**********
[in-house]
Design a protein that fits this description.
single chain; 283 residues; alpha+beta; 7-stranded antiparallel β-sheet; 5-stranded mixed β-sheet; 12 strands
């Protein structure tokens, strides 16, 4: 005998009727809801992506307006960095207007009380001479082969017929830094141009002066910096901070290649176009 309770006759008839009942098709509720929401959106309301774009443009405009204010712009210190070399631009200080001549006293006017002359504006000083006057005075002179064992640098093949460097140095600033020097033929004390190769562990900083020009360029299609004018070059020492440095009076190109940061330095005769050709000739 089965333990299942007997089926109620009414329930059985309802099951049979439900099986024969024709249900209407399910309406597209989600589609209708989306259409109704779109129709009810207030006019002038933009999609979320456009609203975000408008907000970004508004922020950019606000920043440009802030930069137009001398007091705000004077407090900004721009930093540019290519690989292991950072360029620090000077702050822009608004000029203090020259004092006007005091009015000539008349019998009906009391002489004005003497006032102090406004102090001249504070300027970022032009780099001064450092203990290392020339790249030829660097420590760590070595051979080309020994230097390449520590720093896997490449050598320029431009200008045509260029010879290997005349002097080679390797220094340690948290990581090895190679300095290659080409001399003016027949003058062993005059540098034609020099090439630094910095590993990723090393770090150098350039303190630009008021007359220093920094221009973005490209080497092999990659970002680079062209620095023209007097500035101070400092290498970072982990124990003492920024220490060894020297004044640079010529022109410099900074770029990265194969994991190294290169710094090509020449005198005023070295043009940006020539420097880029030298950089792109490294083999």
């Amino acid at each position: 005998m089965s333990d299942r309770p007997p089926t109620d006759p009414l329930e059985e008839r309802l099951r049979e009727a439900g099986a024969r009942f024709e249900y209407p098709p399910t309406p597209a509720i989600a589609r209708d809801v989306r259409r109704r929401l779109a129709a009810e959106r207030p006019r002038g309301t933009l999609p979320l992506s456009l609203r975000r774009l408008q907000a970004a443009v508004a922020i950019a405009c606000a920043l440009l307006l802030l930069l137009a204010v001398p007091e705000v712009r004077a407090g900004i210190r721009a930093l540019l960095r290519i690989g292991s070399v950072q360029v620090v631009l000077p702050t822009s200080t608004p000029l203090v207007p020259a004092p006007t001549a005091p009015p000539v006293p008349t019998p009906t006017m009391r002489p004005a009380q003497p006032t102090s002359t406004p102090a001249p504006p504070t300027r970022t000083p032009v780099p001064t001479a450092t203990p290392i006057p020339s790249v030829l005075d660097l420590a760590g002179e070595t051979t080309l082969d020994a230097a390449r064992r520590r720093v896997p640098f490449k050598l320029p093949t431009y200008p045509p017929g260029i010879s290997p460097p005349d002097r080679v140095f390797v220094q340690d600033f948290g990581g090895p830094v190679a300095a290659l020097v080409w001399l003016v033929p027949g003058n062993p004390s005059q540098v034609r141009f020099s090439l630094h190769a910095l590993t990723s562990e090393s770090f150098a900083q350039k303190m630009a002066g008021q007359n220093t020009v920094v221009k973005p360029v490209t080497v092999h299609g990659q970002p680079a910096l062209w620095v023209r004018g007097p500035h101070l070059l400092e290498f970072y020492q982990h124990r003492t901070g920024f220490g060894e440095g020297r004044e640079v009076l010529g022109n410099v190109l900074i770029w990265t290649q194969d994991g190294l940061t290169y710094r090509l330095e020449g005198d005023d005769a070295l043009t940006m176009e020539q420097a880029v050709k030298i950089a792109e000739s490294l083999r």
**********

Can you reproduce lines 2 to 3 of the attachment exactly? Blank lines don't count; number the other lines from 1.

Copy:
Design a protein that fits this description.
single chain; 283 residues; alpha+beta; 7-stranded antiparallel β-sheet; 5-stranded mixed β-sheet; 12 strands